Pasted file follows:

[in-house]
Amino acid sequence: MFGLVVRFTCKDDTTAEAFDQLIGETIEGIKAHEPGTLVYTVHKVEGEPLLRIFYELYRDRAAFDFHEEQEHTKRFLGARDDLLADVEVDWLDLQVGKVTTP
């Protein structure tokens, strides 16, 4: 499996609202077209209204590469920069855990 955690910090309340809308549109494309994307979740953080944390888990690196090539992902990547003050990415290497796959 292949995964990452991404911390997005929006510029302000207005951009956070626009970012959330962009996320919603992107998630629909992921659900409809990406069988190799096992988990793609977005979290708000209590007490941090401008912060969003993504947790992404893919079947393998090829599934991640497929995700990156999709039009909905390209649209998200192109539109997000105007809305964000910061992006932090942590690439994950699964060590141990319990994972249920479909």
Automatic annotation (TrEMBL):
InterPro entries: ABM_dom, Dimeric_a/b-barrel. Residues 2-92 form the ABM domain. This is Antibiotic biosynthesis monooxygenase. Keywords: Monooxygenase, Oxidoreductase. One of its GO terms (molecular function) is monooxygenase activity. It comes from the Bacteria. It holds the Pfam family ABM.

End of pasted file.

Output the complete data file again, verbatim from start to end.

[in-house]
Amino acid sequence: MFGLVVRFTCKDDTTAEAFDQLIGETIEGIKAHEPGTLVYTVHKVEGEPLLRIFYELYRDRAAFDFHEEQEHTKRFLGARDDLLADVEVDWLDLQVGKVTTP
């Protein structure tokens, strides 16, 4: 499996609202077209209204590469920069855990 955690910090309340809308549109494309994307979740953080944390888990690196090539992902990547003050990415290497796959 292949995964990452991404911390997005929006510029302000207005951009956070626009970012959330962009996320919603992107998630629909992921659900409809990406069988190799096992988990793609977005979290708000209590007490941090401008912060969003993504947790992404893919079947393998090829599934991640497929995700990156999709039009909905390209649209998200192109539109997000105007809305964000910061992006932090942590690439994950699964060590141990319990994972249920479909």
Automatic annotation (TrEMBL):
InterPro entries: ABM_dom, Dimeric_a/b-barrel. Residues 2-92 form the ABM domain. This is Antibiotic biosynthesis monooxygenase. Keywords: Monooxygenase, Oxidoreductase. One of its GO terms (molecular function) is monooxygenase activity. It comes from the Bacteria. It holds the Pfam family ABM.